REVOLVE Livernois

Detroit Economic Growth Association (DEGA) REVOLVE Program

Funding Received: 2013
Detroit, MI
Funding Period: 1 year and 5 months
November 5, 2013

Hunter's Supper Club, transformed by a series of temporary uses that showcased and engaged the community in the vision for its redevelopment; photo by Joshua Hanford.

The Big Launch: Light Up Livernois
Four months, two blocks, ten vacant storefronts, 31 projects.

On September 20, exactly four months after the ArtPlace America grant announcement, the REVOLVE Detroit team unveiled 31 new art and entrepreneurial projects at the Detroit Design Festival.  A regional audience of more than 3,000 people experienced the transformation of Detroit’s historic “Avenue of Fashion.” New art and entrepreneurial projects supported by funding from ArtPlace America were featured alongside 18 existing businesses, hosting special events.

In total, the project transformed ten vacant storefronts and four public spaces through art installations, performances, and new businesses in a two-block area in the heart of the business district. The impacts of the project extended far beyond those storefronts. Existing businesses were inspired by new art and the increase in attention. New coalitions formed under the pressure of a near-impossible deadline and the necessity to make an unforgettable first impression on a regional audience. Competing business associations joined together to promote the event. Over 60 volunteers came out on weekends leading up to the event to help makeover the storefronts. New models of collaboration and engagement through the arts were on full display throughout the project. For example, Dacha, a performance installation by Harrison Richards Bartlett III, Delaney Martin, Taylor Lee Shepherd, Margot Couture, Arielle De Pinto, Artem Voevodin, and the Treasure Nest, showcased previously unseen local talent from Majik Touch Dance Company, Happy to be Nappy Hair Salon, Teaser’s Boutique, Motown Photography, EastSide Riders Bicycle Club, and Echoes of Silence in a spectacular tableau and performance. The Hunter’s Supper Club, the original building that settled the entire neighborhood, was transformed by a series of temporary uses that showcased and engaged the community in the vision for its redevelopment.  Detroit artist, Walter Bailey, assisted Michael Owen, a muralist from Baltimore, to complete a massive mural project in just three days showcasing famous musicians like Marvin Gaye and Stevie Wonder that called this community home.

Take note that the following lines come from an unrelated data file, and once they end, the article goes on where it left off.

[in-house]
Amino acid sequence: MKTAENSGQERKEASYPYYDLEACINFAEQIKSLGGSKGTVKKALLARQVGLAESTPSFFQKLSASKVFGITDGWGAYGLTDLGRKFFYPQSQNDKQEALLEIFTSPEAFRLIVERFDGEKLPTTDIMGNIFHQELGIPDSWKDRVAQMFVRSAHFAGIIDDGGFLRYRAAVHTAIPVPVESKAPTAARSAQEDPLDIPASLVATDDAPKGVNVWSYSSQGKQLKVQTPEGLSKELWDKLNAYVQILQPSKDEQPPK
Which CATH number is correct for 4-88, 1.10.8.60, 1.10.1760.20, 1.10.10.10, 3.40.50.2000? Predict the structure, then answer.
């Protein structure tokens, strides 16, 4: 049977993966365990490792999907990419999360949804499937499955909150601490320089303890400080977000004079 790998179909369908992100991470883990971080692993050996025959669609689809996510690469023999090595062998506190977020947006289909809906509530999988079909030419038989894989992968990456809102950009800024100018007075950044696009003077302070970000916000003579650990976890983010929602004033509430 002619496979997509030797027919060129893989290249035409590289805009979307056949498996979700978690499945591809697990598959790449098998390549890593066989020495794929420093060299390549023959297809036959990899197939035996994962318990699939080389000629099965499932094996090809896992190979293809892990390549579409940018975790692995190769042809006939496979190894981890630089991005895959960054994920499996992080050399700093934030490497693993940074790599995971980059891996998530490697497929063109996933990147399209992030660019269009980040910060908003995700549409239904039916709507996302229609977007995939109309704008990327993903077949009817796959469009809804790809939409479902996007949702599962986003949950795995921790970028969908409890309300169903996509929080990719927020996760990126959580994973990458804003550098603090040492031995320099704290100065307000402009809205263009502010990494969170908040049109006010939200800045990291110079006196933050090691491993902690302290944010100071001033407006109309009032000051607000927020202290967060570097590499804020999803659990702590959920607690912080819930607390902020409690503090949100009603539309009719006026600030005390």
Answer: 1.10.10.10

Performers from Majik Touch Dance Compamy in the Dacha performance installation space; photo by Joshua Hanford

The overall goal was to return the Avenue to the shopping and cultural destination it once was. For one rainy fall day, this was achieved at the Detroit Design Festival. The event received tons of praise from locals and guests to the area even weeks after the event. “Detroit was showcased in a fantastic way,” said one user on Twitter. Kay Willingham, owner of Art in Motion, the new ceramic studio on the Ave, said, “I’ve lived here in this neighborhood for 45 years and I used to shop the Avenue of Fashion with my mom when it was the Avenue of Fashion so I have seen the transition, but I think we have an opportunity for a win-win here.”

The challenge now is to sustain the momentum of this transformation. The use of art to enhance the community and retail experience continues to bring a refreshing image and audience to the Avenue. Canvas Detroit, an arts studio offering acrylic painting classes for masses, and Just Speak, a youth outreach program, are hosted daily in a formerly vacant space turned into a community storefront. Good Cakes and Bakes, a new permanent bakeshop that prominently features art in interior design and new ceramic studio and gallery, Art in Motion, are favorites amongst visitors.

Photos from the event and leading up to the event can be found on the REVOLVE Detroit Facebook page in the “Light Up Livernois” album. Many of the people involved are also featured on our website at under “Meet the Revolutionaries.” Additional press can be found here: